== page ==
This August, the Task Force on Sexual Misconduct submitted a 33-page report presenting its findings on campus attitudes and policies related to issues of sexual abuse and violence. Incorporating insights from 16 months’ worth of open dialogue, document-based research and private conversations with students and alumni, the report offers suggestions for “cultural changes at all levels” of college life, including alcohol and party policies, sexuality and violence education and peer support.
Commissioned in May 2013 by former President Rebecca Chopp, the Task Force was designed to support the work of Margolis Healy and Associates as the firm conducted an external review of college policies. It was composed of faculty, members of the Board of Managers, alumni and current students, and chaired by Professor and Chair of Sociology Sarah Willie-LeBreton, who also headed the Black Studies program while volunteering her time to the committee.
Central to the Task Force’s findings were calls to implement sustained educational initiatives on issues of sexual misconduct. The report proposes comprehensive sexuality training that addresses issues of consent, bystander intervention and interpersonal violence through the modeling of healthy relationships.
“Our responsibility as an educational institution, realizing that there may be people who come into our community who think it’s okay to hurt other people, is to intervene in that, and we have to offer a range of educational opportunities so people know you can be in a range of relationships and not hurt other people,” said Willie-LeBreton. “And not only that, but in this community, those aren’t our values … I think we have to explicitly say to each other, ‘we’re a community in which we mutually respect each other, no ifs, ands or buts, whether you’re drinking or not, whether you’re high or not, whether you’ve had positive models or not.”
“You can’t rape, you can’t stalk, you can’t humiliate — we just don’t do that here. And I think most colleges want to say that, but I think as a campus that has Quaker roots, we have a particular responsibility for lifting that up and making sure that there are lots of opportunities for people to figure this stuff out,” Willie-LeBreton added.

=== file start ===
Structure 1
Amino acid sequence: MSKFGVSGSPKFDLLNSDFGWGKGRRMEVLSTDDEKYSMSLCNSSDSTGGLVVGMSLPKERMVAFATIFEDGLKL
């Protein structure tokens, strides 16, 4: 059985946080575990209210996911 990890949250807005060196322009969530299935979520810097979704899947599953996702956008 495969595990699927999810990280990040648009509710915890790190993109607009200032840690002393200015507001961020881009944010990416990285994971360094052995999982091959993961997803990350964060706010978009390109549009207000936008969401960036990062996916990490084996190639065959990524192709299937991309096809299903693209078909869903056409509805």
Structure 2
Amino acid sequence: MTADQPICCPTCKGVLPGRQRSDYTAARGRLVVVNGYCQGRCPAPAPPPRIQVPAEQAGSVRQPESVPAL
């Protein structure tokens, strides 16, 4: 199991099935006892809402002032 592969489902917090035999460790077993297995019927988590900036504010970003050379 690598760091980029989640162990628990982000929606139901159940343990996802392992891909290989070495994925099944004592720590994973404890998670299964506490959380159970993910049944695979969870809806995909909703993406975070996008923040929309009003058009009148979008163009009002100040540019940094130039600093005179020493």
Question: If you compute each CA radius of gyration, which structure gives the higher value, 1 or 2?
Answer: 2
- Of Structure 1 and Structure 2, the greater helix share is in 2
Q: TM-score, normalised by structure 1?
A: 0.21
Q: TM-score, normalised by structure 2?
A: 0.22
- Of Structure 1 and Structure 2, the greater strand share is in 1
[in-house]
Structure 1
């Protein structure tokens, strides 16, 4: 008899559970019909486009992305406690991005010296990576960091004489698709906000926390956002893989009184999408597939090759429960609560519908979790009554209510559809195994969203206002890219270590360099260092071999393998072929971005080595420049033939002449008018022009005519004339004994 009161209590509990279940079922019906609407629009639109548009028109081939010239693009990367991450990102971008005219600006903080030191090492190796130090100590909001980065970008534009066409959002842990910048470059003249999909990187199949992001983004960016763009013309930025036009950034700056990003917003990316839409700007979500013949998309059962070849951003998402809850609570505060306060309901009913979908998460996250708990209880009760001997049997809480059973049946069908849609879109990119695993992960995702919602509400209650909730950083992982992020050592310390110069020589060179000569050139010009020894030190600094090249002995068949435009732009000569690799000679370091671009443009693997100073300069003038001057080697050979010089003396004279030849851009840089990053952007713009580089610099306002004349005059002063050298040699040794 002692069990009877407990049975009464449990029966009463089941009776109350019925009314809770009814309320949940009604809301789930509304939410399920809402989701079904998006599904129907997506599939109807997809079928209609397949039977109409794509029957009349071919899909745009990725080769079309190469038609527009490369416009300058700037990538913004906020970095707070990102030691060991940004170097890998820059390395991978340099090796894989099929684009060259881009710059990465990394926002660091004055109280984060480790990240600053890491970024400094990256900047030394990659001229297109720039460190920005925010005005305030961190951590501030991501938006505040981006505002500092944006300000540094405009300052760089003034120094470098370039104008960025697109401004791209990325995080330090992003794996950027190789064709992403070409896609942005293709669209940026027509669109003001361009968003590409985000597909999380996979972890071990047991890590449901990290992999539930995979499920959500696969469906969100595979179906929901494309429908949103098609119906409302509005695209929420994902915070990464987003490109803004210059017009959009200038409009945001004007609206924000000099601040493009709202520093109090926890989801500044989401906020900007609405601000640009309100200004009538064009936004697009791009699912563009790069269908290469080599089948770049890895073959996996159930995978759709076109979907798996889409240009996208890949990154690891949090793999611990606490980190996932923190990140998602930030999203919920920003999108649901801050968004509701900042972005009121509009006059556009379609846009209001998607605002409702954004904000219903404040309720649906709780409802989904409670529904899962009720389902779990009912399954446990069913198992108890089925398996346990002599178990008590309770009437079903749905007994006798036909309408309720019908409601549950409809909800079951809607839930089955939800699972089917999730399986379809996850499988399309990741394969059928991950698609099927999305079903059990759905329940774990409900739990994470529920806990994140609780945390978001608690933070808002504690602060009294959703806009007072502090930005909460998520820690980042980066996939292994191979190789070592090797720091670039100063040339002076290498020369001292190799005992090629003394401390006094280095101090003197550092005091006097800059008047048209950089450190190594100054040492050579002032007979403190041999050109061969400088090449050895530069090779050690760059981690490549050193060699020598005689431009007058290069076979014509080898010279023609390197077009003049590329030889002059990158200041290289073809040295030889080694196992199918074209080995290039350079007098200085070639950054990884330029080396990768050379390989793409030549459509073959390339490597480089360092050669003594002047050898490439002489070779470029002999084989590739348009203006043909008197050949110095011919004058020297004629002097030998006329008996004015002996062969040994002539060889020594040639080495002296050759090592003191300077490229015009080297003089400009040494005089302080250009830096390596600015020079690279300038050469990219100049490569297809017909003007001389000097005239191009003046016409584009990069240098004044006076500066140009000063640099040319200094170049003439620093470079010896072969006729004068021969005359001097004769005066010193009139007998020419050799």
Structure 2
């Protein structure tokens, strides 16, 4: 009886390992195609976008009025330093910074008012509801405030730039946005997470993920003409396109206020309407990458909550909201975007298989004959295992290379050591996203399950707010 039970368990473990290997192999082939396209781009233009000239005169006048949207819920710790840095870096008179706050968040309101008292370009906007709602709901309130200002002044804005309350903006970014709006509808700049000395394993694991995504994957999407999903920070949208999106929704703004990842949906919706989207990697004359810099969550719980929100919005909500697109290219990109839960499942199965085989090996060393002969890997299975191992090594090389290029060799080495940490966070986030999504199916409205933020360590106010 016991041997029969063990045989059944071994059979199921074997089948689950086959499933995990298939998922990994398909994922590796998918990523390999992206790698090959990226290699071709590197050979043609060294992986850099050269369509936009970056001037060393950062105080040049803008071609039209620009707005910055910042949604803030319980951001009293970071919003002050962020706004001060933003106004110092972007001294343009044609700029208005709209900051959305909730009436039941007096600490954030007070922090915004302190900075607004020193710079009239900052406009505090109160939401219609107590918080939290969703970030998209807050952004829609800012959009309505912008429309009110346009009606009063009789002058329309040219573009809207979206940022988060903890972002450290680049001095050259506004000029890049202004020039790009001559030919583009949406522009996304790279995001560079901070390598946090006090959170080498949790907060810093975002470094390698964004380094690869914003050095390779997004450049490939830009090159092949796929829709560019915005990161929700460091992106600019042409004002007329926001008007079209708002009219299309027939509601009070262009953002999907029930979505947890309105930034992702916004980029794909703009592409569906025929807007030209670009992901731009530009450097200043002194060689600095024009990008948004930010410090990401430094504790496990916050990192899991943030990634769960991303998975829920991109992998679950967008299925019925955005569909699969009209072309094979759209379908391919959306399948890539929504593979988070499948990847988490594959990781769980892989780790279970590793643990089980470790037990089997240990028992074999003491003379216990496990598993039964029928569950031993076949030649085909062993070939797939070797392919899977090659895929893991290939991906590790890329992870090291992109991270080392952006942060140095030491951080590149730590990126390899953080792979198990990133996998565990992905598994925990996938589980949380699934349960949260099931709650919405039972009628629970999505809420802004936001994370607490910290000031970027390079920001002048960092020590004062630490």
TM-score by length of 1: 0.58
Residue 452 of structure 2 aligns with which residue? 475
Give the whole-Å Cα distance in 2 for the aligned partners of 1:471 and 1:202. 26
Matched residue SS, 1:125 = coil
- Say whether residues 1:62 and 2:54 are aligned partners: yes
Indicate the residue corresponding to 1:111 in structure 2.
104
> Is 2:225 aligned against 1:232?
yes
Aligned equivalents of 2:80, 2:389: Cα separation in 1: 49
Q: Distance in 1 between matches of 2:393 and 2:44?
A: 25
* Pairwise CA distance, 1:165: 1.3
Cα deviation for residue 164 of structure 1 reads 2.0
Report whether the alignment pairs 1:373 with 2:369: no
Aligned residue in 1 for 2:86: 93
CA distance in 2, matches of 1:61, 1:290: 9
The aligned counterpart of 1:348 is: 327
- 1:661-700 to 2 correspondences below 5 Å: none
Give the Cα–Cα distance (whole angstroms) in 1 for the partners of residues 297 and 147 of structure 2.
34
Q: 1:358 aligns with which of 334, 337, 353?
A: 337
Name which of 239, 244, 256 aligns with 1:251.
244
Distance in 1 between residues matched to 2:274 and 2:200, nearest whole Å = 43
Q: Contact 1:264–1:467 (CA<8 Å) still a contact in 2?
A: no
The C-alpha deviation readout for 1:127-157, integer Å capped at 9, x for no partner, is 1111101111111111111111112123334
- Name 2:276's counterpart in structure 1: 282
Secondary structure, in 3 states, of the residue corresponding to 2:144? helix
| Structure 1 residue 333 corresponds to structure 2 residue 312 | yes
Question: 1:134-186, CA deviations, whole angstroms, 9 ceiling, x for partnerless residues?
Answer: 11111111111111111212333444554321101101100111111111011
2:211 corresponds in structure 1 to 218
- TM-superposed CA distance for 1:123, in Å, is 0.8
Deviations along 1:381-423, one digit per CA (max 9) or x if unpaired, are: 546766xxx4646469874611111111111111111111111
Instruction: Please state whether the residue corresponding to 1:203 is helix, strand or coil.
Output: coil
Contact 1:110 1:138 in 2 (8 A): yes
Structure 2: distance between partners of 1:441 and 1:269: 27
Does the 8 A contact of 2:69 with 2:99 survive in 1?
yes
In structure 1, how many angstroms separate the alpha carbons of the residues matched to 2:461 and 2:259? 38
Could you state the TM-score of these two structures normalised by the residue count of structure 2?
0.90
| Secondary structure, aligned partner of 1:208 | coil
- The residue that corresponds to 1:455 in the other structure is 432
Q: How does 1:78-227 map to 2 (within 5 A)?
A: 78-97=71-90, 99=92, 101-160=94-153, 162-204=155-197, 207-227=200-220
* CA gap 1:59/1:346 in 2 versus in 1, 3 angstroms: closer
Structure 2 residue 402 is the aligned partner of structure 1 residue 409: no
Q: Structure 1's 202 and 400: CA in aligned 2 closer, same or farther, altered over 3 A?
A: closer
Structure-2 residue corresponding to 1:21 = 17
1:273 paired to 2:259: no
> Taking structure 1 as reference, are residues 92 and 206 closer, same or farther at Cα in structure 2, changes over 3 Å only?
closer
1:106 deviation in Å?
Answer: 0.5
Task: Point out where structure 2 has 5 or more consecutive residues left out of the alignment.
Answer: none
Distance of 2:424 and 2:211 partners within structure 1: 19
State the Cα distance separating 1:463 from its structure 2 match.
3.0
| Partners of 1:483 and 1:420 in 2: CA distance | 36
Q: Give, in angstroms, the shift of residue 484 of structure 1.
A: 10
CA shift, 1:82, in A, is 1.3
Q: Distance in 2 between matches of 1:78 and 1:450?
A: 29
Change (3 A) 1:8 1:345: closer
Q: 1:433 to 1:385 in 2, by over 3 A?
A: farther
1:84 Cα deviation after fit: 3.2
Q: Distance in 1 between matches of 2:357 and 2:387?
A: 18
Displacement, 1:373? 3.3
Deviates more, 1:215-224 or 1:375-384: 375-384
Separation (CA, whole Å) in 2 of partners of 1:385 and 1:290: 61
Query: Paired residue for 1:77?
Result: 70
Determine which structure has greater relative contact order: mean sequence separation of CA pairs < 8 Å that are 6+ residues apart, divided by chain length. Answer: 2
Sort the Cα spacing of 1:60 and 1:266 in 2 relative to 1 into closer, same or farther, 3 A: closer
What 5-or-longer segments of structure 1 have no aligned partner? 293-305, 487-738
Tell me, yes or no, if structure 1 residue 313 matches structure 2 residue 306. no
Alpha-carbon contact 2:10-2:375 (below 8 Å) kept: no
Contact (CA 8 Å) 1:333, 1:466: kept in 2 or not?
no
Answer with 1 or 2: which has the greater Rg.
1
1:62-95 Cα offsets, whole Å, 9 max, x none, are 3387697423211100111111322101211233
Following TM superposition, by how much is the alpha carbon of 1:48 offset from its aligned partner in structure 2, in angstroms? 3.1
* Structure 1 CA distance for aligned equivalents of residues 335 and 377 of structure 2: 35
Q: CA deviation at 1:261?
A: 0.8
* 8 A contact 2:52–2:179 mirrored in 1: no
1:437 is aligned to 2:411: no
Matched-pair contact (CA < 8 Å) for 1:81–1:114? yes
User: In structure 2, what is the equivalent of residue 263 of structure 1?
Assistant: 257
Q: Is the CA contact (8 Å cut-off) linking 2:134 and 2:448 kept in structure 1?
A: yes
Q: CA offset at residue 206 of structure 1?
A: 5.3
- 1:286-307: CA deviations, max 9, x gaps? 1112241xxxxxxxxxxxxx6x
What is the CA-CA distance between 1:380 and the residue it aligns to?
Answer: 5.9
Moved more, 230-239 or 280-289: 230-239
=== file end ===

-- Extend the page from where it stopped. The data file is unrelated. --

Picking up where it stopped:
Instead of providing one recommendation for formatting sexuality education, the Task Force provided a list of suggestions for consideration, including incorporating it into the P.E. requirement, instituting a non-credit-bearing course and integrating it within existing courses across the curriculum. It also suggested reinstating community collections or query sessions to reflect on shared values and concerns.
First-Year Orientation additionally underwent a change: whereas conversations on sexual assault were traditionally led by members of the Abuse and Sexual Assault Prevention team and featured discussions of survivor stories, this year’s program included a presentation led by Nina Harris and a breakout session facilitated by RAs and SAMs.
Alongside recommending mandatory educational initiatives, the report calls on male students to increase their involvement in addressing issues of sexual violence and assault on campus. Under the section “Prevention and Education,” the report states that “an examination of male privilege may become an effective way for men to wrestle with the effects of the ideology of male supremacy and to interrupt and challenge that ideology” in a society “that has inherited the values of patriarchy.”
According to Nora Kerrich ’16, the only student member of the Task Force still enrolled at the college, calls for male leadership arose after it examined student volunteers in groups like ASAP and the Sexual Misconduct Advisors and Resource Team, which already work to address issues of sexual violence and assault on campus.
“Across the board, these students are female-identified and queer,” Kerrich said. “I think that was disconcerting for us to bring to the table and say, ‘We need to very specifically call on groups of people to take this very seriously and to take concrete action.’”
“I would never assume that sports teams or the fraternities are not aware of these issues, but there’s very proactive work going on, particularly in queer communities and women-centered communities, around consent education and creating safer spaces for survivors,” Kerrich added.
Kerrich was driven to apply to the Task Force because she felt she could represent student voices that might otherwise be excluded from the committee, specifically students who publicly filed Title IX or Clery Act complaints against the College. She said that she and the other two student representatives, Kenneson Chen ’14 and Gabriela Capone ’14, took their roles as student representatives very seriously, occasionally working to bring survivors into meetings to share their stories and perspectives. Although this could be a painful and triggering task for the students, she believed it helped underscore the seriousness and urgency of the Task Force’s mission.